Joan (John) Teschemaker

29th Nov 1792 - 20th Mar 1867

Claimant or beneficiary


Awarded the compensation for the Amersfoort estate in Demerara with Thomas Teschemaker (q.v.).

He was the son of Joan Teschemaker (1759-1820) and Alida Esther Thierens (1768-1818). He had a younger brother Frederick Thomas Emmanuel Teschemaker (known as Thomas Teschemaker, q.v.), and three other siblings.

In 1801 the Teschemaker family returned to Britain, where Thomas was born that year. The 1802 Treaty of Amiens provided a temporary truce to hostilities between Britain and France, so the family moved back to Holland, but the truce was broken in 1803 when Britain declared war on France. France invaded Holland, and the Dutch economy almost collapsed. The Teschemaker parents lost most of their Dutch assets and decided to return to Demerara, but they left John (he adopted an anglicised version of Joan) to be educated in England. He went to Exeter College, Oxford, and then to Leyden to study law. He enrolled in the Volunteer Cavalry in 1815, and was present at the Battle of Waterloo. Then in 1819 John and his brother Thomas returned to Demerara.

On 21 February 1822 John married Ann Shute at St Marylebone, and they subsequently had eight children. In the 1830s he was living in Ilfracombe, and in the 1840s in Tiverton, but by the 1850s he was settled in Exmouth. The 1851 Census shows him at 9 Claremont Terrace, Littleham, Exmouth. He is recorded as aged 54, doctor of civil law and fund holder, born in Demerara. Also there is his wife Ann, aged 52, born in Sydenham, as well as six children and two servants. The 1861 Census shows him living at the same address, with his wife Ann, and unmarried daughter C.I. (i.e. Catherine Isabella). Also there are two visitors: his married daughter H.M. (i.e. Henrietta Maria), and her blind husband E. (i.e. Edgar) Musgrave.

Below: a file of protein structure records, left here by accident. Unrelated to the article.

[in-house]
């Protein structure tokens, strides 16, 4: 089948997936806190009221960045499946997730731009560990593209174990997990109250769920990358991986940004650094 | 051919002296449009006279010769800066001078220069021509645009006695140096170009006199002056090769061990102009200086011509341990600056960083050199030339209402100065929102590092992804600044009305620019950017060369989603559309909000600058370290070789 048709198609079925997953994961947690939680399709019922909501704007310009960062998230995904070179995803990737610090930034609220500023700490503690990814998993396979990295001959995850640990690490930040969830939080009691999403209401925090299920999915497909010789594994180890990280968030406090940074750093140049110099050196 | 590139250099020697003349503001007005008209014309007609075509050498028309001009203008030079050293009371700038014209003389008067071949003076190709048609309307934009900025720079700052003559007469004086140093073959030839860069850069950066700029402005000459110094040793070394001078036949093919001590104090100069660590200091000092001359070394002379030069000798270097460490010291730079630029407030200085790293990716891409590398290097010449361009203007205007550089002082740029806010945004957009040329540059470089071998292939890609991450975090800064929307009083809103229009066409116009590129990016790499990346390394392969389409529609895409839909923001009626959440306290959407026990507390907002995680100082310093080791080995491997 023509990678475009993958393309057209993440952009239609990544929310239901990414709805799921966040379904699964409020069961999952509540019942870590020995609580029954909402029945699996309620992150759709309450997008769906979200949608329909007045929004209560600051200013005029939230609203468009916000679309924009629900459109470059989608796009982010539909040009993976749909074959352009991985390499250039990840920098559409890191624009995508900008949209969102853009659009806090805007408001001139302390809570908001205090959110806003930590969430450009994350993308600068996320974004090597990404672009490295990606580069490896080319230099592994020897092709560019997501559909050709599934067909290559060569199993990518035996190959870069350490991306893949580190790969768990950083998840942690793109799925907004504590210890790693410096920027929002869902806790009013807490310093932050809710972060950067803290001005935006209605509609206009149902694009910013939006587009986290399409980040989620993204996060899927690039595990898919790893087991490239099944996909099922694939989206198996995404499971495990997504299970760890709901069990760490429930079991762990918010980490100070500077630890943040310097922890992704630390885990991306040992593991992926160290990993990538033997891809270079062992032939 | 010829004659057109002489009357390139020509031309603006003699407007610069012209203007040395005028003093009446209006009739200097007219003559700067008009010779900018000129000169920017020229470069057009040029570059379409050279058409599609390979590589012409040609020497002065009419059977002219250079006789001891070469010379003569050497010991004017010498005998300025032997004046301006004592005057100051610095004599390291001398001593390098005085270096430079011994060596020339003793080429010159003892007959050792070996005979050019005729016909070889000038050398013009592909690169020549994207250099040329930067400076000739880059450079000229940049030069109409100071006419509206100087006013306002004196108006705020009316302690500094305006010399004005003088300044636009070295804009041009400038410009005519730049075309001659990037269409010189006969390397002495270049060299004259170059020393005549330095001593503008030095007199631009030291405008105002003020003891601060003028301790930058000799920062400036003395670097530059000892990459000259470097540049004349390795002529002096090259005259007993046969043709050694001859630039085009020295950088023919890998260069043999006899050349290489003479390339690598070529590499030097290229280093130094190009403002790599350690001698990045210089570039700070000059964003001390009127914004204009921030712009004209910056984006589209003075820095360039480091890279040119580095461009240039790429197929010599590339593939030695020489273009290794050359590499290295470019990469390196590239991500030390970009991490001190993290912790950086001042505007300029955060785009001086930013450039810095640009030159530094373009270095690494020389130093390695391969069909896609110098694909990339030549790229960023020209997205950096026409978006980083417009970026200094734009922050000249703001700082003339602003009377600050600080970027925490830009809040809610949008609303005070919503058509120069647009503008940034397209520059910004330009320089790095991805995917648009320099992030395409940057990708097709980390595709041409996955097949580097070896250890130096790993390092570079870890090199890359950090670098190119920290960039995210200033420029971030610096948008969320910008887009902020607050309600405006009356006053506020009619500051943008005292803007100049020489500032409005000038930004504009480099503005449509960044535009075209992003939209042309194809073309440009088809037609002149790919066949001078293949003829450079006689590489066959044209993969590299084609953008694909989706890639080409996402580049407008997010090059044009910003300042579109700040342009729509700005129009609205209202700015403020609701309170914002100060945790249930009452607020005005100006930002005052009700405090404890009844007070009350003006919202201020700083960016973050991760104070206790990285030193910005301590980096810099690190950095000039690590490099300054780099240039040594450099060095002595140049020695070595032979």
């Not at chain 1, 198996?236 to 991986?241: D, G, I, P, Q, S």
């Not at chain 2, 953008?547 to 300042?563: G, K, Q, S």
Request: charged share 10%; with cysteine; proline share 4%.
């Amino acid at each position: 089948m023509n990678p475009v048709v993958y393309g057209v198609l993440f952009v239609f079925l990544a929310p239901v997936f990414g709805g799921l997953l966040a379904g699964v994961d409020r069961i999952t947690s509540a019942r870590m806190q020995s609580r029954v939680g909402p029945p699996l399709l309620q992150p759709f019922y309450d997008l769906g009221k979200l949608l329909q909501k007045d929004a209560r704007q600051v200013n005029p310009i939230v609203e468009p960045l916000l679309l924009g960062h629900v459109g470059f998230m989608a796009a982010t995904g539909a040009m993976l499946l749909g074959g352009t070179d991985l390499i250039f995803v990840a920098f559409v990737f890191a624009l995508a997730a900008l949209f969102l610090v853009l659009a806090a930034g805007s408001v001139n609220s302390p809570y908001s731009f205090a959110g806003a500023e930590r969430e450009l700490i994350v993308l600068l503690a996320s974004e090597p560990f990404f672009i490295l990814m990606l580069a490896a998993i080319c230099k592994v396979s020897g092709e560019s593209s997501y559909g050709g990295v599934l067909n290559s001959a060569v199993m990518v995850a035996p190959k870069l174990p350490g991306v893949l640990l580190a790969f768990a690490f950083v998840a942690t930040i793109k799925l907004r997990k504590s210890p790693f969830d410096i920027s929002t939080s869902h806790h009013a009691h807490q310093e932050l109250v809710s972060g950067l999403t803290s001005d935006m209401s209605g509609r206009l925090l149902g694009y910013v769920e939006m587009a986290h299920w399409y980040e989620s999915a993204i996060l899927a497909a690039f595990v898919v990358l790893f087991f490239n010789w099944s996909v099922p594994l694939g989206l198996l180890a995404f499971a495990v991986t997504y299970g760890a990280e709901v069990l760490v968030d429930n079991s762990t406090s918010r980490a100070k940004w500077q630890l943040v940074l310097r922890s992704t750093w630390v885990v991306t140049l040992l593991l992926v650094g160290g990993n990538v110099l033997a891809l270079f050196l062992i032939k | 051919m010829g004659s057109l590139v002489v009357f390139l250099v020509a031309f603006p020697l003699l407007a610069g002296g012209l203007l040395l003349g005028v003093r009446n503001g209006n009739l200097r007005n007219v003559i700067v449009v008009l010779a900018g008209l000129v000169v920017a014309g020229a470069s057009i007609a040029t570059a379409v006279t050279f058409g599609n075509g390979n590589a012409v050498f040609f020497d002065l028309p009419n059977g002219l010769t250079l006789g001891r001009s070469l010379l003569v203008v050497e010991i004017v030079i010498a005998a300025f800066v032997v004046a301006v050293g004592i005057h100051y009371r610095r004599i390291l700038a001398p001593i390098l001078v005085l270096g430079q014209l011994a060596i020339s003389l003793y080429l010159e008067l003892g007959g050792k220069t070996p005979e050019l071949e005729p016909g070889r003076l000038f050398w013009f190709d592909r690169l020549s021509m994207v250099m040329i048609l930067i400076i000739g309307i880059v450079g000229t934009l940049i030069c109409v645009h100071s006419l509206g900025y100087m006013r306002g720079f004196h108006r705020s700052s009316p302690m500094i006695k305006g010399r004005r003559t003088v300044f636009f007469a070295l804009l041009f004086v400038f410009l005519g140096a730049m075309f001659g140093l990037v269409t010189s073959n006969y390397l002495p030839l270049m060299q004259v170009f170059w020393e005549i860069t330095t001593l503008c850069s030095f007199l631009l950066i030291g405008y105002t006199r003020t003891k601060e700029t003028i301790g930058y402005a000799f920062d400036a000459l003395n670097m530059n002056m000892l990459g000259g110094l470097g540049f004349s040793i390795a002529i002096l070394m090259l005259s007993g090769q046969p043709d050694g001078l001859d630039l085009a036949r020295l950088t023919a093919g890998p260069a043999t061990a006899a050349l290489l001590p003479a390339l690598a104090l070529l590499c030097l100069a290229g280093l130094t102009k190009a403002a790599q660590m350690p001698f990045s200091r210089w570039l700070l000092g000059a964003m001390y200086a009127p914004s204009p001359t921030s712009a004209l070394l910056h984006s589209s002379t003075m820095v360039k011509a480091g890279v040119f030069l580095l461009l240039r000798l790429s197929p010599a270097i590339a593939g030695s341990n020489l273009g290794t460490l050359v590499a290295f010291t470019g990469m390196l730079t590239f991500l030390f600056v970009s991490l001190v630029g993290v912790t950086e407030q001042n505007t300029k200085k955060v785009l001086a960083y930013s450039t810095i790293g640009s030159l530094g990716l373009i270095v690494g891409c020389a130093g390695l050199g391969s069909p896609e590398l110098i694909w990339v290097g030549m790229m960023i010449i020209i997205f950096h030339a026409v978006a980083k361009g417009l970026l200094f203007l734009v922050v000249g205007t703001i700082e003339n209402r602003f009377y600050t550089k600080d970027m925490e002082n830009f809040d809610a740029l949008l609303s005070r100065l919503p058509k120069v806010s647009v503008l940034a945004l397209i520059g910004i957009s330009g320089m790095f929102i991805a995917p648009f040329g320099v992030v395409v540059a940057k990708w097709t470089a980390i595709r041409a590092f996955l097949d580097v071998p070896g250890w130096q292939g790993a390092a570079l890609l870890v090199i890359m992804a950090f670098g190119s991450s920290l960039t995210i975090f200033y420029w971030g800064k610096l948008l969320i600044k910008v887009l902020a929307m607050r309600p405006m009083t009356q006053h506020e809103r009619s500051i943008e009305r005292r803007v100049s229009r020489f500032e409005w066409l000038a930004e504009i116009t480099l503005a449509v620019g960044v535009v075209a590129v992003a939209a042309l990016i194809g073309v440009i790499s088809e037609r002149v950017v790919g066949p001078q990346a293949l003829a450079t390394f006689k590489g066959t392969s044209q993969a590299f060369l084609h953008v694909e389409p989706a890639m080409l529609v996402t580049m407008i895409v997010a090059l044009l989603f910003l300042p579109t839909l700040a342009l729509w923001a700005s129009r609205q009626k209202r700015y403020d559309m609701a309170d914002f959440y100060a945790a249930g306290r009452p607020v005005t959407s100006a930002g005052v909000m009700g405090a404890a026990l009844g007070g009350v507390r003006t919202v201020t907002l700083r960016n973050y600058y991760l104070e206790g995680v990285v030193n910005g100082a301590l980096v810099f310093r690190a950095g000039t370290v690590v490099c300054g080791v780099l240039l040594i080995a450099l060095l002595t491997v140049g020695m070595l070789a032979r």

John’s son William was the first member of the Teschemaker family to head off to New Zealand in the early 1850s, but in the following years many other family members followed. He eventually established sheep runs at Taipo Hill on the South Island, ten miles south west of Oamaru. Being an early settler, his life out there was significant in the history of North Otago.2

The will of John Teschemaker D.C.L. proved 29/04/1867 at Exeter, effects under £1500.


We are grateful to Peter Wingfield-Digby for compiling this entry.

Information on the lives of several Teschemakers and Thierens in New Zealand can be found in the handwritten notes available in the Macdonald Collection at the Canterbury Museum: [accessed 27/11/2019].

National Probate Calendar 1867.

Position at Leyden: 1814, 26.Oct. Joan [sic] Tesschemaker [sic] e Demerary Indus Occid. 20, J. a. s. 2. (Album Studiosorum Academiae Lugduno Batavae MDLXXXV-MDCCCLXXV, kol. 1233); 1817, 14 Martii Specimen, continens Quaestiones aliquot selectas ex Titulo: ad Legem Aquiliam, defensum a Joanne Teschemaker, ex Colonia Essequebo Batavo, pro Doctoratu Juris Romani ae Hodierni. (Annales Academiae Lugduno-Batavae, ad. VIII Februarii A MDCCCXVII ad. d. VIII Februarii MDCCCXVIII : Series Dissertationum Inauguralium Publice defensarum inde a d. 8 Februarii 1817, ad d. 8 Februarii 1818, p. 10). (Album Promotorum van de Rijksuniversiteit Leiden 1813-1900 / [samengest. door] M.J. van Lieburg & F.A. van Lieburg. - Amsterdam [etc.] : Medisch-Encyclopedisch Instituut, Faculteit Geneeskunde VU, 1985, p. 10).

We are grateful to Stanley Robert Criens for the reference to Leyden.

Further Information

Ann Shute
8 children
Wealth at death
Leyden [1814-1817 ]

Associated Claims (1)

£5,293 6s 1d

Relationships (3)

Uncle → Nephew
Uncle → Nephew

Addresses (2)

Ilfracombe, Devon, Devon & Cornwall, England
9 Claremont Terrace, Littleham, Exmouth, Devon, Devon & Cornwall, England